Quen Santa María quisér defender By: Alfonso X el Sabio, King of Castile and León


Singable Translation PDF By: Carol Anne Perry Lagemann (CC BY SA 4.0)


Number of Voices: 1
Voicings: S , A , T , B
Date: 13th century
Language: Galician-Portuguese
Tags: cantiga Cantigas de Santa Maria religious Mary translation


Lyrics Direct Translation Poetic Translation
Como Santa María guareceu o pintor que o démo quiséra matar porque o pintava feo. How Holy Mary saved the painter whom the devil had tried to kill because he painted him ugly.
Quen Santa María quisér defender, The devil can do no harm If Holy Saint Mary keeps watch over you,
non lle pód' o démo nïún mal fazer. to the one Holy Mary defends. The Devil no mischief or damage can do.
E dest' un miragre vos quéro contar Concerning this, I wish to relate And her is a miracle done by the Saint
de como Santa María quis guardar a miracle of how Holy Mary saved That proves this is true: How She heard the complaint
un séu pintor que punnava de pintar a painter of Hers who tried to paint Her That came from a painter wwho, when he would paint,
ela mui fremos' a todo séu poder. as beautiful as he could. Would paint Her as lovely for people to view.
E ao démo mais feo d' outra ren He always painted the devil uglier He painted the Devil as ugly as sin,
pintava el sempr'; e o démo porên than anything else. Therefore the devil As ugly as anything ever has been.
lle disse: "Por que me t?es en desdên, said: "Why do you hold me in disdain, "Why hate me?" the Devil soon asked in chagrin,
ou por que me fazes tan mal parecer and why do you make me look so bad… "And why make me look bad to all who come through?"
A quantos me veen?" E el diss' entôn: "[…]to all who see me?" The painter said: The painter said, "I thought that you understood!
Esto que ch' éu faço é con gran razôn, "I do this to you with reason, I do this the same reason anyone would.
ca tu sempre mal fazes, e do ben non for you always do evil and will never You always do evil and never do good,
te quéres per nulla ren entrameter. have anything to do with good." And from your great evil your ugliness grew."
Pois est' ouve dit', o démo s' assannou When he said this, the devil got angry The Devil got angry and couldn't sit still.
e o pintor fèrament' am?açou and threatened to kill the painter He threw a big fit and he threatened to kill
de o matar, e carreira lle buscou and sought a way The painter who said this, and with wicked will,
per que o fezésse mui cedo morrer. to make him die quickly. He looked for the chance to let mischief ensue.
Porend' un día o espreitou alí Therefore, one day he spied him there, And one day he spied him at work in the church.
u estava pintando, com' aprendí, as I learned, as he was painting A portrait of Mary was near to his perch.
a omagen da Virgen, segund' oí, the image of the Virgin. He made her so fair that a scrupulous search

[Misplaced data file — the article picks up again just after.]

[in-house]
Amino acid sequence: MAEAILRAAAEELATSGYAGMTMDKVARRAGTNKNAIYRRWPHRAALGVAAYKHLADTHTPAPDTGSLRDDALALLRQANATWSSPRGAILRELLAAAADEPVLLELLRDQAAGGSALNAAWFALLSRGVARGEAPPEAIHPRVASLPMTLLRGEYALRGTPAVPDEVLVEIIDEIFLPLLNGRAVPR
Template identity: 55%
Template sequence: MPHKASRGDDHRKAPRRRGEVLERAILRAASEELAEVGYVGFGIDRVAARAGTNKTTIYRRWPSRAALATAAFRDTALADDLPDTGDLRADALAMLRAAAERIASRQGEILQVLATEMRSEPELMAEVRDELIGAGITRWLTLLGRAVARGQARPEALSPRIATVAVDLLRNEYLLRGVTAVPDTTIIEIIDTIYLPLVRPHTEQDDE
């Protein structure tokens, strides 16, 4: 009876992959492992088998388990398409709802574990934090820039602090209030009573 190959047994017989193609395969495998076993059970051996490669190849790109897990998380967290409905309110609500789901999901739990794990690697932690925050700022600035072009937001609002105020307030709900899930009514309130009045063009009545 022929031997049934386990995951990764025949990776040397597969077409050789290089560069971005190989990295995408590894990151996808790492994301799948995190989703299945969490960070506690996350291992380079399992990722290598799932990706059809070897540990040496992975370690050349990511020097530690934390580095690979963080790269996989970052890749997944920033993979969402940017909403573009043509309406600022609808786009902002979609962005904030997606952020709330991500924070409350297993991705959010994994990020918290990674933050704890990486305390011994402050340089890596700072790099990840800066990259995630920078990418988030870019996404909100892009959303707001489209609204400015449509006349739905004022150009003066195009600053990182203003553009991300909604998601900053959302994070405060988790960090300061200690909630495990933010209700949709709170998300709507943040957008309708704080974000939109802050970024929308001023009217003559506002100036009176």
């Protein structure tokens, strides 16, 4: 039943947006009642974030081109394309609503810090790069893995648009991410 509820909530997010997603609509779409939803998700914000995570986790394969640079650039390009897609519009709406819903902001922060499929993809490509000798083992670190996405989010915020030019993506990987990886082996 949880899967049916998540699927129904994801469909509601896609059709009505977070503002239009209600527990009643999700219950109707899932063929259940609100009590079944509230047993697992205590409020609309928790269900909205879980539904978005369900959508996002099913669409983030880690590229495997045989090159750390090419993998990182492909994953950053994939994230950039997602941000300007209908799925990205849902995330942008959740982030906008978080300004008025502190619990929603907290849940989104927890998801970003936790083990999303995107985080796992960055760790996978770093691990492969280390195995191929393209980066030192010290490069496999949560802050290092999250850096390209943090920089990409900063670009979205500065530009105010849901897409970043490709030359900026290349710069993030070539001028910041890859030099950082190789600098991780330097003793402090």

e punnava de a mui ben compõer, He tried to compose it very well, as I am told, […] Would never find any so lovely and true.
Por que parecesse mui fremos' assaz. […]so that She would appear very beautiful. The Devil, in whom every wickedness lies,
Mais entôn o dém', en que todo mal jaz, However, then the devil, in whom all evil lies, Used devilish skill to make windstorms arise,
trouxe tan gran vento como quando faz caused a great wind to blow, as when Just like when a thunderstorm darkens the skies.
mui grandes torvões e que quér chover. a thunderstorm draws near. He stirred up the wind, and it blew and it blew.
Pois aquel vento na igreja entrou, That wind entered the church and knocked down The wind came inside and went whirling around.
en quanto o pintor estava deitou to the ground the platform on which the painter It whooshed past the stand where the painter was found
en térra; mais el lóg' a Virgen chamou, was standing. However, he called on the Virgin, And knocked the whole platform straight down to the ground.
Madre de Déus, que o v?éss' acorrer. Mother of God, to come to his rescue. He screamed, “Mary, save me, or else I am through!”
E ela lógo tan tóste ll' acorreu She came to his aid at once She saved him at once and did not let him fall,
e fez-lle que eno pinzél se sofreu and made him hang on to the brush For he held a paintbrush, fine-pointed and small.
con que pintava; e porên non caeu, with which he was painting, and so he did not fall She made that brush stick and stay there on the wall.
nen lle pód' o dém' en ren empeecer. nor could the devil harm him in any way. The Devil had lost, for it stuck there like glue.
E ao gran son que a madeira fez The people came at once at the loud crash So crash went the timbers, and everyone came
v?éron as gentes lógo dessa vez, the falling timbers made, To see what had happened and who was to blame.
e viron o démo mais negro ca pez and they saw the devil blacker than pitch They all saw the Devil run out in his shame,
fogir da igreja u s' ía perder. flee from the church where he met his defeat. As black as the night, but now red-blushing too.
E ar viron com' estava o pintor Then they saw how the painter Then they saw the painter stuck there on the wall.
colgado do pinzél; e porên loor was hanging by his brush, and they gave thanks They gave thanks and praises that he did not fall
déron aa Madre de Nóstro Sennor, for this to the Mother of Our Lord, To Her who gave birth to the Lord above all,
que aos séus quér na gran coita valer. who assists Her own in time of great trouble. Who helps when Her people cry out for Her to.
Alfonso X el Sabio, King of Castile and León Alfonso. Songs of Holy Mary of Alfonso X, the Wise: A Translation of the Cantigas de Santa Maria. Trans. Kathleen Kulp-Hill. Tempe, AZ: Arizona Center for Medieval and Renaissance Studies, 2000. Print.